Major League Baseball has proposed a universal DH for the 2020 season, which is a nod both to the unique schedule, which will likely feature a greater percentage of interleague matchups due to temporary realignment, and the potential risks to pitchers being asked to run the bases after a far shorter spring training.
The notion of having a DH for both leagues has seen growing support in recent years. The National League is now the last, lonely outpost in which pitchers hit for themselves, and save for a few tradition-bound NL owners, there appears to be little remaining institutional support for having pitchers hit.
Whatever fan opposition once existed has ebbed in the nearly 40 years since the once-radical rule change was implemented. Fans want more offense, and at a time when the turgid pace and lack of action are seen as anathema, there's nothing so sleep-inducing as a pitcher futilely flailing at the plate.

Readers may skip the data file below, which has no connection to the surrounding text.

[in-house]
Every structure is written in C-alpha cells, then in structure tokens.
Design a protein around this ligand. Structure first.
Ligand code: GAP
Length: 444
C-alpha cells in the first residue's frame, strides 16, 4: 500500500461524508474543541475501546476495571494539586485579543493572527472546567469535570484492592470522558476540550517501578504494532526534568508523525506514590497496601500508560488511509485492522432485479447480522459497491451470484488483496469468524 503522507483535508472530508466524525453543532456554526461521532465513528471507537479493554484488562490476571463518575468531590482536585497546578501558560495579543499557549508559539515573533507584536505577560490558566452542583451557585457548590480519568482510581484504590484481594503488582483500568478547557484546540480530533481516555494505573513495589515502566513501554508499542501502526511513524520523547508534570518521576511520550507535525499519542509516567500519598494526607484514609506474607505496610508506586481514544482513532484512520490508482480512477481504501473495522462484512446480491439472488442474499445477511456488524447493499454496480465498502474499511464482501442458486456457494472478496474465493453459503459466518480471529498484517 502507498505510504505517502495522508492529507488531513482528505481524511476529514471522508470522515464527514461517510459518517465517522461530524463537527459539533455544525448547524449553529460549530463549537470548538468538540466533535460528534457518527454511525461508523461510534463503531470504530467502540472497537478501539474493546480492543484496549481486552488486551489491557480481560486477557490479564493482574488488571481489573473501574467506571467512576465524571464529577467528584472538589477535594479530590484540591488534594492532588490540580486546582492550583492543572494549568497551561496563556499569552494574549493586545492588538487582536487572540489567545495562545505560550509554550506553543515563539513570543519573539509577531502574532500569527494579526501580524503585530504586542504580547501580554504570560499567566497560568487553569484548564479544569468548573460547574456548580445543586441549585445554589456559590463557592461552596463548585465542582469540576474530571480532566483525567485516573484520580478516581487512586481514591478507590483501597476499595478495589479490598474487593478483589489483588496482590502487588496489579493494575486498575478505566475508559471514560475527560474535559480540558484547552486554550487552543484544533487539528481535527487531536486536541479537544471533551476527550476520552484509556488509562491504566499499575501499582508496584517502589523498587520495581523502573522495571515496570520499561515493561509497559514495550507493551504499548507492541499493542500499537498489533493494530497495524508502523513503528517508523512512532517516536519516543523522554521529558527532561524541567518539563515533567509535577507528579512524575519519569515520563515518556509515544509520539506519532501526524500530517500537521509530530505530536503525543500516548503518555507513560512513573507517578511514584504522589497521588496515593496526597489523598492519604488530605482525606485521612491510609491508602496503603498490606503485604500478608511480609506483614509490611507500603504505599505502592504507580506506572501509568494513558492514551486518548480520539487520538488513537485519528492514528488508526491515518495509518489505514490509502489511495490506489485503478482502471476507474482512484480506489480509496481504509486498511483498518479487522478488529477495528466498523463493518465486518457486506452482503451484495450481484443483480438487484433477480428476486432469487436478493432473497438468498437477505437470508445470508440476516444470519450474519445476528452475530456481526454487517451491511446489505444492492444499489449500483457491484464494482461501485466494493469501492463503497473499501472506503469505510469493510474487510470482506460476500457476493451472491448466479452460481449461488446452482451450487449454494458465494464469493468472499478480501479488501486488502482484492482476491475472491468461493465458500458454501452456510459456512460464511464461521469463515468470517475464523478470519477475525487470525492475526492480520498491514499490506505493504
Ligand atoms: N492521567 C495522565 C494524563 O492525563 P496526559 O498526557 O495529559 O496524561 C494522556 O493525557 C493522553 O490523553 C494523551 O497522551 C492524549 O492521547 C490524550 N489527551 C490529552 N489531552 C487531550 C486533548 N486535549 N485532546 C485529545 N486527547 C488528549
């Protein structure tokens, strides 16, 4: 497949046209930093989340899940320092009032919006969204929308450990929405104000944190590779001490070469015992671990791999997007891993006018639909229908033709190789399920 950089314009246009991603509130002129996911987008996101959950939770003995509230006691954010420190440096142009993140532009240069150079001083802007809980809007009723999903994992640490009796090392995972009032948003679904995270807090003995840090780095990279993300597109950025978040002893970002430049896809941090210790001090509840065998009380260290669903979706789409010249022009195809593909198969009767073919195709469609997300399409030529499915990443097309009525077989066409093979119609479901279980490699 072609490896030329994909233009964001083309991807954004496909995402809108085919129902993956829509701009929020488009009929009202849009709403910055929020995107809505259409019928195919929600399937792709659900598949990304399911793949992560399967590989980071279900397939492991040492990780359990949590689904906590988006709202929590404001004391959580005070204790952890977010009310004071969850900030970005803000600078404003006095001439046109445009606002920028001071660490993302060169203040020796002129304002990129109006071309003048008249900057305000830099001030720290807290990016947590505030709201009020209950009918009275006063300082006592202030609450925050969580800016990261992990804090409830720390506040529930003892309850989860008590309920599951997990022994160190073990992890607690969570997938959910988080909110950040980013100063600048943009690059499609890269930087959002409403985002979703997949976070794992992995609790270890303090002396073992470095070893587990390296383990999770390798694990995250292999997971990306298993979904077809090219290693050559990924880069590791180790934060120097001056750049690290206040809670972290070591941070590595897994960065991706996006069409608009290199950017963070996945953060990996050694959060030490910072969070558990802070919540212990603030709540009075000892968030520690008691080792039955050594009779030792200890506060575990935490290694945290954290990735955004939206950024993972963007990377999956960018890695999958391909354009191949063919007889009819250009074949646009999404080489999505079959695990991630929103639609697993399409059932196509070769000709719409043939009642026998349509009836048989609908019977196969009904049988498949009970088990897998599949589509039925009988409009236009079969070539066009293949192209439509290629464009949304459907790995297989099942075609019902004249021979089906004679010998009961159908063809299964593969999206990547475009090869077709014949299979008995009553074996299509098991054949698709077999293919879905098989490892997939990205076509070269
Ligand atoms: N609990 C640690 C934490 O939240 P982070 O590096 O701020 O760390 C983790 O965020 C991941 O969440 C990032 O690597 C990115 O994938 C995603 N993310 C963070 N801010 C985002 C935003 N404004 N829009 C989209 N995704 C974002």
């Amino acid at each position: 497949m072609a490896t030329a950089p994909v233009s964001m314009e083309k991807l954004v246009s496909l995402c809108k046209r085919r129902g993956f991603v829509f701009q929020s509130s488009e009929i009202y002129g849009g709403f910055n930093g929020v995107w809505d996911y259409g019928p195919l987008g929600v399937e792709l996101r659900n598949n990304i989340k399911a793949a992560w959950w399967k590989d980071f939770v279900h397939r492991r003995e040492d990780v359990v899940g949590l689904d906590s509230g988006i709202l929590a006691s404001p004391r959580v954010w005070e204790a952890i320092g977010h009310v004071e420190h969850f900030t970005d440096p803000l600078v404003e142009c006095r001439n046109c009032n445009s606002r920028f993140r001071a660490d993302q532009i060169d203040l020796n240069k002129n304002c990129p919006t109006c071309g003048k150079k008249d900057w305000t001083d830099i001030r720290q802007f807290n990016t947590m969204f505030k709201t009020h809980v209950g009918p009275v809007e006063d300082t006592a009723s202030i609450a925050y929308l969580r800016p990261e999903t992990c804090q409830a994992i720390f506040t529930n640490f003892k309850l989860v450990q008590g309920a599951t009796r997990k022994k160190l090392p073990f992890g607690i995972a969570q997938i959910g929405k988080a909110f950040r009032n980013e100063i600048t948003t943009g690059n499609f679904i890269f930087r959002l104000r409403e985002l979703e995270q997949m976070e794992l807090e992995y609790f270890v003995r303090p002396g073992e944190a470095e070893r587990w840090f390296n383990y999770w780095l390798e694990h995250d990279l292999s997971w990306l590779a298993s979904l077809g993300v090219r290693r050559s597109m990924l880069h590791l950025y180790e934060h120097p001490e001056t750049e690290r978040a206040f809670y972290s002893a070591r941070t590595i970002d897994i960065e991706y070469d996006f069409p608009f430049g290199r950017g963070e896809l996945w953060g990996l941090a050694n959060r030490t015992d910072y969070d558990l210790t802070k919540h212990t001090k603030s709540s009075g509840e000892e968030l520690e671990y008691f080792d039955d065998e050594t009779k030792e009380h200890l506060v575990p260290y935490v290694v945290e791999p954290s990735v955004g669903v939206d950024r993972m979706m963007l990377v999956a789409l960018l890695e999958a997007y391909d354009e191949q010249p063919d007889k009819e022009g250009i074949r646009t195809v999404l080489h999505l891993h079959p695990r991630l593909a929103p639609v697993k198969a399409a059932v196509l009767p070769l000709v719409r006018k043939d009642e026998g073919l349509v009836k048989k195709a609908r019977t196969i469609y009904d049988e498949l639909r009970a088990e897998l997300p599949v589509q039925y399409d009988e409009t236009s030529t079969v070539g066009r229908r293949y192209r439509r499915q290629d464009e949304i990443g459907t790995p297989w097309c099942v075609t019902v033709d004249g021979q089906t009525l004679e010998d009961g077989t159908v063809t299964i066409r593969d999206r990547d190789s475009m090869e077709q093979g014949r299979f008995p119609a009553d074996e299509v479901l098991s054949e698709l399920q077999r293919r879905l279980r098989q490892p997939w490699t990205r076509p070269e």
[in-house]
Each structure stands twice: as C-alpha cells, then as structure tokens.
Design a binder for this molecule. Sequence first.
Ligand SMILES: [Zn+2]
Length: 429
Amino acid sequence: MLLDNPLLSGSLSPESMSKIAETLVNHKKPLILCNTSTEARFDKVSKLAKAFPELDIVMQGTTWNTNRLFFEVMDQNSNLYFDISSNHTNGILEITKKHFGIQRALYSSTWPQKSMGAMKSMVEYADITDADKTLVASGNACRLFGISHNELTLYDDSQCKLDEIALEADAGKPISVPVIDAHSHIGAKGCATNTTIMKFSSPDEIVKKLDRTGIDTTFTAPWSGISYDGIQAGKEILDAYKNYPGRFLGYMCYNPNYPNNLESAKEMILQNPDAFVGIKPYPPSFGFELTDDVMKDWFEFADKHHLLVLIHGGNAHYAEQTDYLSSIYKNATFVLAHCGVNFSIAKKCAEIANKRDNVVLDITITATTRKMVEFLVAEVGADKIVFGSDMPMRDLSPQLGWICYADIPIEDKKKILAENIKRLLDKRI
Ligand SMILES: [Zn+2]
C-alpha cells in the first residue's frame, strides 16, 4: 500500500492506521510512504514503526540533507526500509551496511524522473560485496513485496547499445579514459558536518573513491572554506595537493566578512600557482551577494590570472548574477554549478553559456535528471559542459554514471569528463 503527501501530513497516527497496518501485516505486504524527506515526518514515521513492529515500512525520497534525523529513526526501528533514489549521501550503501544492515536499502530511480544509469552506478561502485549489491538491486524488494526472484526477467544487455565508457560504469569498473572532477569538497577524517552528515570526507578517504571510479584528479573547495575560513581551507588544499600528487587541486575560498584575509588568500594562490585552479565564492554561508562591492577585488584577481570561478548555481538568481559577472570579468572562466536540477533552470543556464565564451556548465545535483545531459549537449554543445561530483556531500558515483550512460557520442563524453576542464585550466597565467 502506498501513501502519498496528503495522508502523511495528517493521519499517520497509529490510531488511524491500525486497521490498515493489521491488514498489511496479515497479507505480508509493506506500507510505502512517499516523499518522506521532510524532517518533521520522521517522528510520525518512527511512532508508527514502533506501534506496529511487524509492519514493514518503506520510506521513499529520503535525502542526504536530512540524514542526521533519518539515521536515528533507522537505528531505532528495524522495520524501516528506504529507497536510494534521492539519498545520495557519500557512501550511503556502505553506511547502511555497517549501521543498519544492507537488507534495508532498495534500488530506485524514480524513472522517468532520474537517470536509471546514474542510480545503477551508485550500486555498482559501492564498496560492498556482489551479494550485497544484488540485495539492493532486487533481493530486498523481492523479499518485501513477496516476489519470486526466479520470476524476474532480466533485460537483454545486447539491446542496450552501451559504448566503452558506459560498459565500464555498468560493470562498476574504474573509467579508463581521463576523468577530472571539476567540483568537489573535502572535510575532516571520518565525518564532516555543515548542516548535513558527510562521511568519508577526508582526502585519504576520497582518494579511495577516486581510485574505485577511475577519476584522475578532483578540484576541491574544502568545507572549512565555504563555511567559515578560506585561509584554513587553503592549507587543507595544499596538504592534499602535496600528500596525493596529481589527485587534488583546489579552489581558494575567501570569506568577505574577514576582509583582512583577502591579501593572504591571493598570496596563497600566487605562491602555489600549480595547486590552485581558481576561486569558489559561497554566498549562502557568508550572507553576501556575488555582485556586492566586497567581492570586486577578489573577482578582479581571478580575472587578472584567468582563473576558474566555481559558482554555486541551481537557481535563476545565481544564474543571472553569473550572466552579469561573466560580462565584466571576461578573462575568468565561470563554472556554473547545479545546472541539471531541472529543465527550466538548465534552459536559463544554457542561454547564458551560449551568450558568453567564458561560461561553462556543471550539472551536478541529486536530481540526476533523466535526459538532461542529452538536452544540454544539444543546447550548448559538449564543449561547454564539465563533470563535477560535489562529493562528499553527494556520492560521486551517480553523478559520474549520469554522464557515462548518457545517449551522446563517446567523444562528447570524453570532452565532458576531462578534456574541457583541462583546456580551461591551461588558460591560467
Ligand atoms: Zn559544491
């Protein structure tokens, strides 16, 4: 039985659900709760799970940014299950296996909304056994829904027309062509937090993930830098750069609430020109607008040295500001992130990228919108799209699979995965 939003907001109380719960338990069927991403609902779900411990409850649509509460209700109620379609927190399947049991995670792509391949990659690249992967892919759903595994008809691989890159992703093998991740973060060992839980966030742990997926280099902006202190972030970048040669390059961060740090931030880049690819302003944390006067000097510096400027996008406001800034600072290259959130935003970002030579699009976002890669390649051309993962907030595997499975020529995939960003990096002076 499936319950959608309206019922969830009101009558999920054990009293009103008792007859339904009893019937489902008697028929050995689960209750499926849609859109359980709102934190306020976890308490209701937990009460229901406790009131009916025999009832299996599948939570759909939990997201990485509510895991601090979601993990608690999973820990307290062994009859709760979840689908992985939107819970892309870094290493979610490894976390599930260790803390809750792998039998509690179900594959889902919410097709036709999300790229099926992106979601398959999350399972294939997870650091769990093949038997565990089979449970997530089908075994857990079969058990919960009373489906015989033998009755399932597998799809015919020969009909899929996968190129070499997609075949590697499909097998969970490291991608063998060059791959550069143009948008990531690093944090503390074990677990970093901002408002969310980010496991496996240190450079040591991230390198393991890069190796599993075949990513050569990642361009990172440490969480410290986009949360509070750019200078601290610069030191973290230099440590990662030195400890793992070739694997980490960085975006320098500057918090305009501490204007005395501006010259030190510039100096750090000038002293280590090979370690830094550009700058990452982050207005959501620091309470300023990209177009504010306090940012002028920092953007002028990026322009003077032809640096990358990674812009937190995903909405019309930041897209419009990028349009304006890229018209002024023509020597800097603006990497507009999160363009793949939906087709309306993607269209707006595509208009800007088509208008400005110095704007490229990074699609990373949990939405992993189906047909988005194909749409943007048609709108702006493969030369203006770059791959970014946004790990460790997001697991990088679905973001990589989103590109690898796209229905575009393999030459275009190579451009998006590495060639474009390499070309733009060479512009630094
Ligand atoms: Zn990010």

All along, it has been widely assumed that the DH would be a big bargaining chip when the next collective bargaining agreement is negotiated next year (the current CBA expires in December of 2021). But like a thousand other things, the coronavirus pandemic may have changed that thinking as well as the timetable.
If MLB agrees to shelve the DH/no DH set up for 2020, couldn't such a change also be extended into 2021, then more permanently eradicated via the new CBA later in the year? Baseball, it would seem, has far bigger issues facing it than whether to continue with this strange bifurcation.
It's been suggested that introducing the DH to both leagues would represent a huge boon to J.D. Martinez, since it would, in effect, double the number of potential employers for him this winter. National League teams